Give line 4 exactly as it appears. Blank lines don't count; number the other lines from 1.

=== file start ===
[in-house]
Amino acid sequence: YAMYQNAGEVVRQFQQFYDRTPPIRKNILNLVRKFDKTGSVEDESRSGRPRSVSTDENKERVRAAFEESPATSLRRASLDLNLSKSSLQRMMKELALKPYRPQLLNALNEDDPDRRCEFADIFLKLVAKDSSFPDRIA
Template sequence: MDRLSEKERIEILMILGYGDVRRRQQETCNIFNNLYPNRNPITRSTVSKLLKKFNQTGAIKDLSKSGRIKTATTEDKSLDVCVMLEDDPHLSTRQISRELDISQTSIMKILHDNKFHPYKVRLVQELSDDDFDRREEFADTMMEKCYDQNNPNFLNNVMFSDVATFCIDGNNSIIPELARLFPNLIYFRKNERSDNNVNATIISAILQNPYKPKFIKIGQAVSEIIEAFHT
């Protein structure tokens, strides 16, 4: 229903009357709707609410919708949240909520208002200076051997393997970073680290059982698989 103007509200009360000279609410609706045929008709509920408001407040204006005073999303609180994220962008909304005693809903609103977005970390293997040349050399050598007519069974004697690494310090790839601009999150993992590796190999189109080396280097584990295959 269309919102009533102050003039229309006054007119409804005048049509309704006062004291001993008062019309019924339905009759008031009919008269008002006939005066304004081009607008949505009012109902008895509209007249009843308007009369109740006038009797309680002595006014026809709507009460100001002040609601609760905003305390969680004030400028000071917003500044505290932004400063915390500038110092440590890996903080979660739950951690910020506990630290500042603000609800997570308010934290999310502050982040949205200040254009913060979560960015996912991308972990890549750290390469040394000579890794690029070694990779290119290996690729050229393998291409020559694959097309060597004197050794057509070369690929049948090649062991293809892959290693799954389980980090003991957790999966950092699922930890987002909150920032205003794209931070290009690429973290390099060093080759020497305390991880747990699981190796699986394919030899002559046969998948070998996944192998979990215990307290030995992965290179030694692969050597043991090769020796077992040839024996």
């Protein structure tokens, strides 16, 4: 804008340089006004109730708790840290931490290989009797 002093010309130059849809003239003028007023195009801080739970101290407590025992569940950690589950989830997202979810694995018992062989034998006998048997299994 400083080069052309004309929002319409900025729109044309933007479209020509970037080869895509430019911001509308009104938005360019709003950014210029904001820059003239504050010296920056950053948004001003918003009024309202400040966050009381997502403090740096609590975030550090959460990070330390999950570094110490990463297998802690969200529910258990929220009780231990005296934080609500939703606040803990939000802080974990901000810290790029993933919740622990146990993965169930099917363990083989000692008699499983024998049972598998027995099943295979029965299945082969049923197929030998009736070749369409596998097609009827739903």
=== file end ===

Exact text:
């Protein structure tokens, strides 16, 4: 229903009357709707609410919708949240909520208002200076051997393997970073680290059982698989 103007509200009360000279609410609706045929008709509920408001407040204006005073999303609180994220962008909304005693809903609103977005970390293997040349050399050598007519069974004697690494310090790839601009999150993992590796190999189109080396280097584990295959 269309919102009533102050003039229309006054007119409804005048049509309704006062004291001993008062019309019924339905009759008031009919008269008002006939005066304004081009607008949505009012109902008895509209007249009843308007009369109740006038009797309680002595006014026809709507009460100001002040609601609760905003305390969680004030400028000071917003500044505290932004400063915390500038110092440590890996903080979660739950951690910020506990630290500042603000609800997570308010934290999310502050982040949205200040254009913060979560960015996912991308972990890549750290390469040394000579890794690029070694990779290119290996690729050229393998291409020559694959097309060597004197050794057509070369690929049948090649062991293809892959290693799954389980980090003991957790999966950092699922930890987002909150920032205003794209931070290009690429973290390099060093080759020497305390991880747990699981190796699986394919030899002559046969998948070998996944192998979990215990307290030995992965290179030694692969050597043991090769020796077992040839024996």